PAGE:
Thor Visionaries: Walter Simonson, v. 1
Collects: Thor #337-48 (1983-4)
Released: May 2001, as Thor Legends, v. 1: Walt Simonson; with current title, December 2008 (Marvel)
Format: 288 pages / color / $29.99 / ISBN: 9780785131892
What is this?: The mythological hero Thor deals with the noble alien Beta Ray Bill, the evil faerie Malekith, the dragon Fafnir, and the temptress Lorelei.
The culprit: Walter Simonson
There are some things comic book readers argue about constantly, and some things are taken as an article of the faith. That Walter Simonson’s run on Thor is one of the title’s few claims to greatness belongs to the latter group. But can we see that greatness in the beginning of the run, as collected in Thor Visionaries: Walter Simonson, v. 1?
First of all, let’s start with the high point: This book has the first appearance of Beta Ray Bill, the noble alien whose spirit is transplanted into an engineered / cyborg body to protect the rest of his race, who have been loaded onto sleeper ships on their way to a new planet. He gets in a fight with Thor — of course — and during the fight picks up Thor’s hammer, which only the worthy can do. Bill is probably the greatest thing to come out of Thor post-Kirby, a reflection of Thor’s dichotomy of mythology and space / cosmic adventures. Bill starts in the latter, but Simonson brings him into the former effortlessly. An impressive accomplishment, and one that helps show why Bill has remained a favorite part of the Marvel Universe for so many.
He’s not the only impressive creation Simonson came up with in v. 1; there’s also Malekith the Accursed, who, if nothing else, has a striking visual. It’s he and the other villains that give Simonson the most room for creativity. He draws and writes an excellent, if somewhat restrained, Loki; his Lorelei looks like the temptress she is. But I’m not sold on Fafnir, who is a dangerously dull for a dragon, or v. 1’s hidden villain, a flaming giant who looks laughable rather than frightening when he’s finally revealed.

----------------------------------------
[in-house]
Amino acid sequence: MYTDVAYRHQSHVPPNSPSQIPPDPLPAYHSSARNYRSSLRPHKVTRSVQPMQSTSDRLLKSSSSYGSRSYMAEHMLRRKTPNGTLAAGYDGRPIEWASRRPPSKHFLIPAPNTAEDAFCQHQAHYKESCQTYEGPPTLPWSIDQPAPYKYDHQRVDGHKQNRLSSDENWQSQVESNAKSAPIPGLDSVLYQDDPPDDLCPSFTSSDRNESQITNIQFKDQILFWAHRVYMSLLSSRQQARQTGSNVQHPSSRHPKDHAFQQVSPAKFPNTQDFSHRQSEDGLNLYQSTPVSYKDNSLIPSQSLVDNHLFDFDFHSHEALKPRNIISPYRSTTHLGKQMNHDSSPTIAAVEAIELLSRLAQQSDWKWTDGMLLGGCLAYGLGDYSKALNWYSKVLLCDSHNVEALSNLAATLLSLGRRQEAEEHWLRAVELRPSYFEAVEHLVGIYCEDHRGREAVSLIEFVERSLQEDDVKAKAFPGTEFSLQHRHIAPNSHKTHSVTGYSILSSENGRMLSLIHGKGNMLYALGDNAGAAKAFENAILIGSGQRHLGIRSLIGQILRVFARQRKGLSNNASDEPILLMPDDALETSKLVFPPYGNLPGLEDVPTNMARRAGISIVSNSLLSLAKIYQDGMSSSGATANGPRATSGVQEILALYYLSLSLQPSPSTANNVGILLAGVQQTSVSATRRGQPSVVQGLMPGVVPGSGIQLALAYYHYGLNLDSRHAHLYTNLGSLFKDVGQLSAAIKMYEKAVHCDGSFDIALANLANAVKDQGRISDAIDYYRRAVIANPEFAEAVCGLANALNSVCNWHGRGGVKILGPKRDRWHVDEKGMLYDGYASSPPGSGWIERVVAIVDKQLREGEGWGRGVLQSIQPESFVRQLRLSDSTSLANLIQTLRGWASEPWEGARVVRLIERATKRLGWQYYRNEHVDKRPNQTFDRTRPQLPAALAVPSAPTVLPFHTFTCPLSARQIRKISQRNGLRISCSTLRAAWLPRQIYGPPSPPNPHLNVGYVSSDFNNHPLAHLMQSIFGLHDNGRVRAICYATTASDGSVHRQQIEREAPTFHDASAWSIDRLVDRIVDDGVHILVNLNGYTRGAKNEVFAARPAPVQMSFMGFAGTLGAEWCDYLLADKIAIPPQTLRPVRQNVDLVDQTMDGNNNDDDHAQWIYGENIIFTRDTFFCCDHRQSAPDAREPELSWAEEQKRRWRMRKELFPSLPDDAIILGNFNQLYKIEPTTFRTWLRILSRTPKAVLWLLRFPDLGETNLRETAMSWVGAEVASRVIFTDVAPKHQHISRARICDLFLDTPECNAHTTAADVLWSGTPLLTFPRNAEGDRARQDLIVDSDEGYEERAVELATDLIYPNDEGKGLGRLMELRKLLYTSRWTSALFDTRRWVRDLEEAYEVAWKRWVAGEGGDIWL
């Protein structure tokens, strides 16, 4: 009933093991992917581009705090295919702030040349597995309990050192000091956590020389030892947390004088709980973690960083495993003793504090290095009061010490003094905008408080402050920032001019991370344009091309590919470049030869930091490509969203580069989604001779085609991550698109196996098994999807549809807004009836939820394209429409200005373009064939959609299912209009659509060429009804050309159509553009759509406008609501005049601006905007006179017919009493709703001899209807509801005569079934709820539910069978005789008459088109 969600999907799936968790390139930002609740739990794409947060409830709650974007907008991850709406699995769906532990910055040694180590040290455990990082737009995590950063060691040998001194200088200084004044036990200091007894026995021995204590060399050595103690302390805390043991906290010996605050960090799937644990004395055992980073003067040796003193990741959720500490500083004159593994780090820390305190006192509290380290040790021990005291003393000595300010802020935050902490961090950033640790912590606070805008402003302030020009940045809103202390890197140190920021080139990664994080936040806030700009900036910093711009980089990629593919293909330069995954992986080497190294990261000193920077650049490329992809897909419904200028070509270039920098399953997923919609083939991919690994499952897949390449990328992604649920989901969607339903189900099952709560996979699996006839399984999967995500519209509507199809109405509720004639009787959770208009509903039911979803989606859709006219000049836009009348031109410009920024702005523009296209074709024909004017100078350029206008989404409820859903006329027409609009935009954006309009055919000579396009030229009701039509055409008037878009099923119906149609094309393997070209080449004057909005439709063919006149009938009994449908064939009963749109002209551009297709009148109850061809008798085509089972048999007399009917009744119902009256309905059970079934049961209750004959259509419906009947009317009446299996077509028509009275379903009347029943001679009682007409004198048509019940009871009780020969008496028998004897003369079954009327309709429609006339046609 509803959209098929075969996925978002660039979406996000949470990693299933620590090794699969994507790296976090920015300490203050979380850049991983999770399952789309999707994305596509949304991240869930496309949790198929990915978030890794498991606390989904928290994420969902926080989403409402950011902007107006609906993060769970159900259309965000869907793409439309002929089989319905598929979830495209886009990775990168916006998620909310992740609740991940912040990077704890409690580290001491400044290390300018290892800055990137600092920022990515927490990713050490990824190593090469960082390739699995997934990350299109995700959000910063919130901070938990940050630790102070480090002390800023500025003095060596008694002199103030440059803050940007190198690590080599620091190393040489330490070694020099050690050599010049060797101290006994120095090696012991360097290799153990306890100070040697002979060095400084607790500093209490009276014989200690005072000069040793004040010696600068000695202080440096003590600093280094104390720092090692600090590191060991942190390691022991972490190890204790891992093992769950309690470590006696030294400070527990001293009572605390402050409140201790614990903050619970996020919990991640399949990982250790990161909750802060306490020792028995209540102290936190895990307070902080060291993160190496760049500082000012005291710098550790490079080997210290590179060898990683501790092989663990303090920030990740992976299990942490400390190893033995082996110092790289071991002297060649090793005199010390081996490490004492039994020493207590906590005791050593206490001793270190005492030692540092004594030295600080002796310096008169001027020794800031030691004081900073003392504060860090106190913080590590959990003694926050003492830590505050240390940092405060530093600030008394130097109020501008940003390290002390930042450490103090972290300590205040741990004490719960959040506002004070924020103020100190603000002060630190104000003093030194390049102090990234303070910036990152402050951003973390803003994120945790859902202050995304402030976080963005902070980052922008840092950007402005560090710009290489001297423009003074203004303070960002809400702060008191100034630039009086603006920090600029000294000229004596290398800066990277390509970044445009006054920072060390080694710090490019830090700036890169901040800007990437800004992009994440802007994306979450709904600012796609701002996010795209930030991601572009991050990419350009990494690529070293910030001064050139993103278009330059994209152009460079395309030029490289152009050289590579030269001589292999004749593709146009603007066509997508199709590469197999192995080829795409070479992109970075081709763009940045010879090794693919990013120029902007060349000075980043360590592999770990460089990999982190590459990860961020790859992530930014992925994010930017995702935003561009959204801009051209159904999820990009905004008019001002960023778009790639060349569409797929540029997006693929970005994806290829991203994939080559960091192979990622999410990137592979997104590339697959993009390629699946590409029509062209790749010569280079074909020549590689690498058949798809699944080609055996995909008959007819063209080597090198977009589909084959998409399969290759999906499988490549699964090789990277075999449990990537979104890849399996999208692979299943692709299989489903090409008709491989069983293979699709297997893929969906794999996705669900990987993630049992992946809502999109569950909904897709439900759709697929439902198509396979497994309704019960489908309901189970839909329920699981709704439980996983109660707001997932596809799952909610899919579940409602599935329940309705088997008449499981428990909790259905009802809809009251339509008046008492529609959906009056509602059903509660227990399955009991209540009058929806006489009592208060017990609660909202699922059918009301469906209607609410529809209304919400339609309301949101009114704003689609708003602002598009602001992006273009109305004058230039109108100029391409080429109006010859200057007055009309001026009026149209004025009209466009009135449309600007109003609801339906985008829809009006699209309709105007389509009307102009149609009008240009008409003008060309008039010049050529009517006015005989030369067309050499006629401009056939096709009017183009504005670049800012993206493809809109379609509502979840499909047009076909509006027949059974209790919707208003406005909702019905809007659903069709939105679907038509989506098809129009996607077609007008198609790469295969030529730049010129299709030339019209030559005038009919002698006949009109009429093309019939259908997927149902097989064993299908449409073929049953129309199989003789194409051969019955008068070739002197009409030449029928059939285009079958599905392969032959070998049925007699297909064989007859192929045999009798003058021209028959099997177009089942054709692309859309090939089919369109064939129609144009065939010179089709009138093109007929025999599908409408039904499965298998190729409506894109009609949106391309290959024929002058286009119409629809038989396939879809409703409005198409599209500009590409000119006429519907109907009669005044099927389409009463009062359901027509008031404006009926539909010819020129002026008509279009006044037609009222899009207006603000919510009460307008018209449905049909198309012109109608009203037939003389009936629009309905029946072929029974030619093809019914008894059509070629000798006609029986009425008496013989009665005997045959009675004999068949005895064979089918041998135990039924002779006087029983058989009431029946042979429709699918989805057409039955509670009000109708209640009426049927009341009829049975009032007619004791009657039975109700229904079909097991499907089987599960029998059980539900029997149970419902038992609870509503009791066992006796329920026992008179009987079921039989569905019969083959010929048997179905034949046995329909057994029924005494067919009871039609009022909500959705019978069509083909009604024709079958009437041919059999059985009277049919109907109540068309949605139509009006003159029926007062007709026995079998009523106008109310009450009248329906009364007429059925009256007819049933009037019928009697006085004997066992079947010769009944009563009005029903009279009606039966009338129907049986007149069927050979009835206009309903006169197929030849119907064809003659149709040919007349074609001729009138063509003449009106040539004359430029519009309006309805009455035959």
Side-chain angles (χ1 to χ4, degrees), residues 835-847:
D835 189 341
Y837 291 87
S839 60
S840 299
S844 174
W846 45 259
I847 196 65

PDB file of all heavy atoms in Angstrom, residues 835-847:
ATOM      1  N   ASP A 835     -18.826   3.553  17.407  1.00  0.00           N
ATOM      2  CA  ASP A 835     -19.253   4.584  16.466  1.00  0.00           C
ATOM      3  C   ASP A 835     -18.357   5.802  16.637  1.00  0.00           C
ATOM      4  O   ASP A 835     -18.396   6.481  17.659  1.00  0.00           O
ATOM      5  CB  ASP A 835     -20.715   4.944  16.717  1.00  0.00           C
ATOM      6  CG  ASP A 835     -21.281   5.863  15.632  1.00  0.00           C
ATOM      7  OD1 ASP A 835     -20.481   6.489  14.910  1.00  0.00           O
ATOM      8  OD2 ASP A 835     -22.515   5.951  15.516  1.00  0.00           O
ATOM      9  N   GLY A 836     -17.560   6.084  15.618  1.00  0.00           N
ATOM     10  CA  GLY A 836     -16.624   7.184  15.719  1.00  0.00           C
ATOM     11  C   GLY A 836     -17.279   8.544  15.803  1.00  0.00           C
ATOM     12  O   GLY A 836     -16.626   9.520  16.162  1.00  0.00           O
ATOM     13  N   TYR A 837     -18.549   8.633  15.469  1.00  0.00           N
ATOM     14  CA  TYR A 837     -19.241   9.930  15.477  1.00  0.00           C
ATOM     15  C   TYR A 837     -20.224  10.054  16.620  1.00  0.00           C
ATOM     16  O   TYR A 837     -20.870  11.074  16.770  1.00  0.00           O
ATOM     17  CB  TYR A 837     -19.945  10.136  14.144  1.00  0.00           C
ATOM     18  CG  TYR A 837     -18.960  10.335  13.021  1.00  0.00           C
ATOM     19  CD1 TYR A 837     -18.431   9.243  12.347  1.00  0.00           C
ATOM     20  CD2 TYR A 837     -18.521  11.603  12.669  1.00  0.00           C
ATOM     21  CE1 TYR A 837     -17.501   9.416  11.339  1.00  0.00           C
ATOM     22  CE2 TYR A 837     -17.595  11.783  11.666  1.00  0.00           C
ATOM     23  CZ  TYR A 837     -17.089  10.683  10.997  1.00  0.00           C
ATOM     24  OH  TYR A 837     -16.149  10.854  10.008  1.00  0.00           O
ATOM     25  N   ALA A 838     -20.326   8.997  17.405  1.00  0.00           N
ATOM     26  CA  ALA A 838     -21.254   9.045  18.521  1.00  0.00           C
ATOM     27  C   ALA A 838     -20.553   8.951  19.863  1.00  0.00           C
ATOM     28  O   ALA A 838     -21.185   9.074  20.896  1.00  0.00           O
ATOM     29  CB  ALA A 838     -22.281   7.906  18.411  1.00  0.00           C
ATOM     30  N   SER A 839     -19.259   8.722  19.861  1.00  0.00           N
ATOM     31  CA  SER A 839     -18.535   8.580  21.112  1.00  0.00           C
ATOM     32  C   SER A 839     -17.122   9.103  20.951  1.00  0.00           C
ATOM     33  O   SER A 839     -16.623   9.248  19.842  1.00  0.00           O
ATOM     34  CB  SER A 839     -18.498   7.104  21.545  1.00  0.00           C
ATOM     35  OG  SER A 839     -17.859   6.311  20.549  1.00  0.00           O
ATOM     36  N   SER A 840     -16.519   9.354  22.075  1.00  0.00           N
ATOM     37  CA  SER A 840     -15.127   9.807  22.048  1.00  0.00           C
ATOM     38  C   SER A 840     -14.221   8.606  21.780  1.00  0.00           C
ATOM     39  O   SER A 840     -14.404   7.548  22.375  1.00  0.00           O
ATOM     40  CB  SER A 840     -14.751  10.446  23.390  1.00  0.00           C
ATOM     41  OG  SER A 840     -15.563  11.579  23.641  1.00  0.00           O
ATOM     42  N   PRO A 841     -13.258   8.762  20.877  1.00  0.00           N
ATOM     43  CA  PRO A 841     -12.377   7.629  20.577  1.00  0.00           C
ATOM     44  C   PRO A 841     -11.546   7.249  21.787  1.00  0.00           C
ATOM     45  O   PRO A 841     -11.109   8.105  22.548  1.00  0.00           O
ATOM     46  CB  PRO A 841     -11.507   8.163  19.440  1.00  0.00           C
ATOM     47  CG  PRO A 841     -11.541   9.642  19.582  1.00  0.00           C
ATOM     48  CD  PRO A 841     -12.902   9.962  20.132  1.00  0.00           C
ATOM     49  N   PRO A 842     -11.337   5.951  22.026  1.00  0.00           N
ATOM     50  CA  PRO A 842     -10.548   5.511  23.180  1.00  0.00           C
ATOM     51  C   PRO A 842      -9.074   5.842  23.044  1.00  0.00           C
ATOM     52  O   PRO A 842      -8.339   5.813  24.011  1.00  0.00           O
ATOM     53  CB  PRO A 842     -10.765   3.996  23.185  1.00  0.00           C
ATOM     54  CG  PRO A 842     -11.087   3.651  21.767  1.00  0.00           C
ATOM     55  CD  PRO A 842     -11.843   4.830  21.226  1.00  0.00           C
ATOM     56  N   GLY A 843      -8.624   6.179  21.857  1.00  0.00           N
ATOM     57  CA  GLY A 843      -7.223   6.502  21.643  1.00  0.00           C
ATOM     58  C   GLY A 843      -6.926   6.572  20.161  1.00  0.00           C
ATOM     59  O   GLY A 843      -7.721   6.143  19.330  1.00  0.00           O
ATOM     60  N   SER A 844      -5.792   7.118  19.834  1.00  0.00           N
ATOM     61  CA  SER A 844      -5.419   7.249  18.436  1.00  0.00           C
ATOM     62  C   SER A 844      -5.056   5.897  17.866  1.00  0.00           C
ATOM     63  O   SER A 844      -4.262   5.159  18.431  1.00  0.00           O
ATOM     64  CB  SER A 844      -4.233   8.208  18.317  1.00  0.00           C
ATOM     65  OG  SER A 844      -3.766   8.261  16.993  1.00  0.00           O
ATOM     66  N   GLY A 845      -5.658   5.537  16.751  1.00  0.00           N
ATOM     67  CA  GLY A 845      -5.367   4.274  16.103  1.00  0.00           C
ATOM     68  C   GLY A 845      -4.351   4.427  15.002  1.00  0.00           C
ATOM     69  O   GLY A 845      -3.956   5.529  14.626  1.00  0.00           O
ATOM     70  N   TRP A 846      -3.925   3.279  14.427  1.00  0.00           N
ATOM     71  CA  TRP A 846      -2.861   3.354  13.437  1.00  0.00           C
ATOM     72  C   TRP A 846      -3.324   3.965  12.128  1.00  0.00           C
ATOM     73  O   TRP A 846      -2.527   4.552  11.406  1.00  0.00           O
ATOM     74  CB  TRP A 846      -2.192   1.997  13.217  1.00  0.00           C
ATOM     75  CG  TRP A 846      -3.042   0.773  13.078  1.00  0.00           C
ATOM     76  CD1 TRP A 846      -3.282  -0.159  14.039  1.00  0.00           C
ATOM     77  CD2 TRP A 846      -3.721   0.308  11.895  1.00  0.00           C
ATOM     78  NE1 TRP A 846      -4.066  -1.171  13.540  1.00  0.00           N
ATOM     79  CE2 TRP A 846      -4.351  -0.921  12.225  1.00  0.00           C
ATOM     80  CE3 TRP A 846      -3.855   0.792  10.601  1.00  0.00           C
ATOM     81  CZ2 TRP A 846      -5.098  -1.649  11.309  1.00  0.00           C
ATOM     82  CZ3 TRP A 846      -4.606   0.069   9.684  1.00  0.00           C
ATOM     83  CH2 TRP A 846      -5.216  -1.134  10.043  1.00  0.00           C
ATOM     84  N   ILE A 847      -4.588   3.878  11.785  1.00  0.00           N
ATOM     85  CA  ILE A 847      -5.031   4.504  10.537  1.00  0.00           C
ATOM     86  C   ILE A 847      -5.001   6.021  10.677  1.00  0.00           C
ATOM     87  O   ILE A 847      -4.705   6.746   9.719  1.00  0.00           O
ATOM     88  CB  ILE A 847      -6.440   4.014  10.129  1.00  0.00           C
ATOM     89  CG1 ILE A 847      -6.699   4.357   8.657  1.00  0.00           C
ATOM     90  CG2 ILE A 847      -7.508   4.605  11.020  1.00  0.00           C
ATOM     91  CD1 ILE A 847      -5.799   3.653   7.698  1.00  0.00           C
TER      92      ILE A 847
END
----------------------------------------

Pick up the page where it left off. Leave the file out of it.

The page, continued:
It says something about the character of Thor that in what is hailed as the title’s best run, the main character shares the title with a large supporting cast. A large part of v. 1 deals with Baldur coping with his post-traumatic death disorder and Sif wondering what her part in the mythos is now; the villains get a lot of time to plot and scheme, and Simonson isn’t afraid to shunt Thor to the side and give the guardians of the Cask of Ancient Winters center stage for a couple of issues. Thor spends a couple of issues with his mind altered. I think this crystallizes my feelings about v. 1: it’s a large mythological tale without a real center — or perhaps with a big, bland, blond center who is more impressive when he’s off stage.
I can’t help feeling Simonson might have been better off creating his own mythological tales without the baggage of the Marvel Universe tied to his work. In many ways, Simonson’s Thor has a lot in common with Mike Mignola’s Hellboy: mythology heavy, lots of neat-looking monsters, with an ensemble cast, dealing with world-ending threats. But while Mignola’s Hellboy is a strong character, Simonson’s Thor isn’t, even if he gets a new civilian identity.
That’s really the problem, and there’s not a lot Simonson can do about it. He gives Thor small flares of personality when he feels abandoned by his father or when he fights over his hammer (in a spectacularly stupid plot point). But Simonson doesn’t really follow up on that, even though Thor has more than enough daddy issues to keep a series going. Thor doesn’t have a romantic life; he has some interest in Lorelei, but it’s impossible to tell how much. Thor’s character seems based on respect of other heroes. So Simonson has to turn to his supporting cast to keep interest high. It’s a lot like making cauliflower soup; you have to add a lot of other stuff to make it interesting, and after you add enough spices, meat, flavored broths, and salt, it isn’t cauliflower soup any more, and you wonder why you even thought cauliflower soup was a good idea in the first place.
And I will never ask for cauliflower soup, no matter how little it tastes like cauliflower. Even if it’s Asgardian cauliflower, and it’s dressed in a Kirby helmet.
Rating: (2 of 5)